Southwark Cathedral and the House of Bishops’ Pastoral Guidance

Aug 5, 2017 by

by Andrew Goddard, Fulcrum:

Reports of a service in Southwark Cathedral marking the civil partnership of two Anglican clergywomen have led to serious concerns being raised by a number of evangelicals, particularly in Southwark Diocese but also further afield (see e.g. Anglican Mainstream).  Martin Davie has recently offered an account and evaluation of the liturgy apparently used.  This concludes that “this material currently being used by Southwark Cathedral contravenes the 2005 House of Bishops guidelines and should be withdrawn”.

Background: The Cathedral’s Policy and its Origins

This pattern of service appears to be one which the Cathedral has been offering for some time.  Their policy is outlined clearly on their website which claims, in contrast to Dr Davie’s judgment, that “the Chapter abides by the pastoral statement of the bishops as a matter of policy”.  This commitment is also explicitly stated in a December 2005 sermon by the then Dean, the late Colin Slee which is linked to in the online information about civil partnerships and where, in response to the then new status of civil partnership, he made clear that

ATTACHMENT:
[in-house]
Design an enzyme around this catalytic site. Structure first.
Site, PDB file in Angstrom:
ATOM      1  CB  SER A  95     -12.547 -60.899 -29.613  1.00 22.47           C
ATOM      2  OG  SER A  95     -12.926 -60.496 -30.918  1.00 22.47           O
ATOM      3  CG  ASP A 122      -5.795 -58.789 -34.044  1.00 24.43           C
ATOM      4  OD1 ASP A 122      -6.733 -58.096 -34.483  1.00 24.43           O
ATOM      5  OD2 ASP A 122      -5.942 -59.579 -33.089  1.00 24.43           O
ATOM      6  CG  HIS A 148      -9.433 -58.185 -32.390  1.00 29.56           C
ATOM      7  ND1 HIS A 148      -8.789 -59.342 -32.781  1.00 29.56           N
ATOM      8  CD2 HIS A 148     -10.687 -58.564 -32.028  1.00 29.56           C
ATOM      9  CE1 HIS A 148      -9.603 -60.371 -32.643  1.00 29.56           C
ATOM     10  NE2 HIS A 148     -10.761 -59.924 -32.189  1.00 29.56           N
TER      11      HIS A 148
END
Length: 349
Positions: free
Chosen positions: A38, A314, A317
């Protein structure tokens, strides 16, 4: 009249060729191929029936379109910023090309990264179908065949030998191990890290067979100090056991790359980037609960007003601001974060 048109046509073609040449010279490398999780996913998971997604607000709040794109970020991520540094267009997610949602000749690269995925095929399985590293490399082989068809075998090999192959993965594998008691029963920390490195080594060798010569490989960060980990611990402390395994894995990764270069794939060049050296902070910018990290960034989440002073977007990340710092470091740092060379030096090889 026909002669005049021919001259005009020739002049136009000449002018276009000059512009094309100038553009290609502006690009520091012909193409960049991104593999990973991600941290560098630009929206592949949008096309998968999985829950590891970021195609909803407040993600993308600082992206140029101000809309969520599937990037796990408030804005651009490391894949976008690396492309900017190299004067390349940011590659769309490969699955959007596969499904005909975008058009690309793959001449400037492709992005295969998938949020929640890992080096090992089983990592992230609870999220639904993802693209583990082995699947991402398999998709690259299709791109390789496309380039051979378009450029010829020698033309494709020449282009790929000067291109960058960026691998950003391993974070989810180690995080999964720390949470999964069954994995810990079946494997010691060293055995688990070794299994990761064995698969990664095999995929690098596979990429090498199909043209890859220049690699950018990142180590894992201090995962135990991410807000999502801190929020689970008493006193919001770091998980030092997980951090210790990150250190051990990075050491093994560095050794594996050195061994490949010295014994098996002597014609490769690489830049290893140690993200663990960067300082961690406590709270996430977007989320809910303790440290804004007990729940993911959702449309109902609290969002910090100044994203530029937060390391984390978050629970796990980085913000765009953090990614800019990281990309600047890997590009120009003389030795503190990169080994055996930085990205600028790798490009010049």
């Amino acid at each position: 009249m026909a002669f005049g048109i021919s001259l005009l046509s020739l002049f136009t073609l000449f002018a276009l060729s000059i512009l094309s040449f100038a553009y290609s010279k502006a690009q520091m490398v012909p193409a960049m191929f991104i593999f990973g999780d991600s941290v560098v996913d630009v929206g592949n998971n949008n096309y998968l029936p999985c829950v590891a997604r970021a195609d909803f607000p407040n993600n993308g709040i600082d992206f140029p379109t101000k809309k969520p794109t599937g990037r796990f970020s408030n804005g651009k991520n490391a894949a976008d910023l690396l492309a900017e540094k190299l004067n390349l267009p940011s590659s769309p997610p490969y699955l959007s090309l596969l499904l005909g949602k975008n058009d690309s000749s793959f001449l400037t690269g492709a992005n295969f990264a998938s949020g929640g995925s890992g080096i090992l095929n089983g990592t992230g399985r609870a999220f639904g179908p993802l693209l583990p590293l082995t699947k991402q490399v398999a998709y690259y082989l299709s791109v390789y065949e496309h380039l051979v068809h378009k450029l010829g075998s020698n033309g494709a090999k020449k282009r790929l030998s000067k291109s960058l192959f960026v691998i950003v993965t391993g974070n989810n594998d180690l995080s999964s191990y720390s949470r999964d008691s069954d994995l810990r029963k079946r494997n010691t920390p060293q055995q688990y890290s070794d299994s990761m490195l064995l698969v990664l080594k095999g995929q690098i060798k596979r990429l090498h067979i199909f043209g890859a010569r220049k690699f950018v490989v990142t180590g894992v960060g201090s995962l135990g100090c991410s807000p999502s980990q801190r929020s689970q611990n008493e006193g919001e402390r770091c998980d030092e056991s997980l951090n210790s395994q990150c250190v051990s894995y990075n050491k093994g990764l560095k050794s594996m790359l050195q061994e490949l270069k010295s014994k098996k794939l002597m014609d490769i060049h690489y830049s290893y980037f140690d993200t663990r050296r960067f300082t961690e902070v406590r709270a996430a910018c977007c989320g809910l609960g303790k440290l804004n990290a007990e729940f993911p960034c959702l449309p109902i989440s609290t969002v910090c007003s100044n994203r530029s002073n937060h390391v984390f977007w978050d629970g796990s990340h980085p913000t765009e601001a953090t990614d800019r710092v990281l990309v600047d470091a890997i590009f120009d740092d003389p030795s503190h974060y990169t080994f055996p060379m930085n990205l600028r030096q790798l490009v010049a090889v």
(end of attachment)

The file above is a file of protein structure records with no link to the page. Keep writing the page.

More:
This is a Cathedral Church, this is the seat of the Bishop. I will not put the Bishop in a difficult position by playing fast and loose with the order of the Church. I have a high regard for episcopacy and a high doctrine of the ancient orders of the Church. I may argue, protest, debate with, even harass the bishop, but I will always defend his right to expect the conduct of his Cathedral Church to be according to the teaching of the Church of England for the time being. The House of Bishops has recently published a paper in response to the changes in the law. That paper is very mindful of what I have called the vertical splits within the church; it seeks to maintain some unity in a developing debate and accordingly says that we cannot offer public services of blessing for civil partnerships. It will cause us, and many of you, considerable pain but we will not, in this Cathedral, break the regulation and discipline the House of Bishops has placed upon us. If this pain makes room for some people with whom we do not agree to remain members of the Church of England, and therefore to continue to hold a debate with us then it is a price I am willing to pay. I know there are those who are opposed to Civil Partnerships who are unwilling to pay the price of any pain, who demand that everyone in the Church thinks and acts as they do, but I want to work as hard as I can to show the grace and generosity of God and for this place to witness to that gospel.

Martin Davie reports that what the Dean offers civil partners is an opportunity to mark their civil partnership in the context of a celebration of the Eucharist.  This fits with Slee’s 2005 sermon which suggested that

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Due to its length, this article is also available as a PDF and there is a shorter summary PDF version as well.

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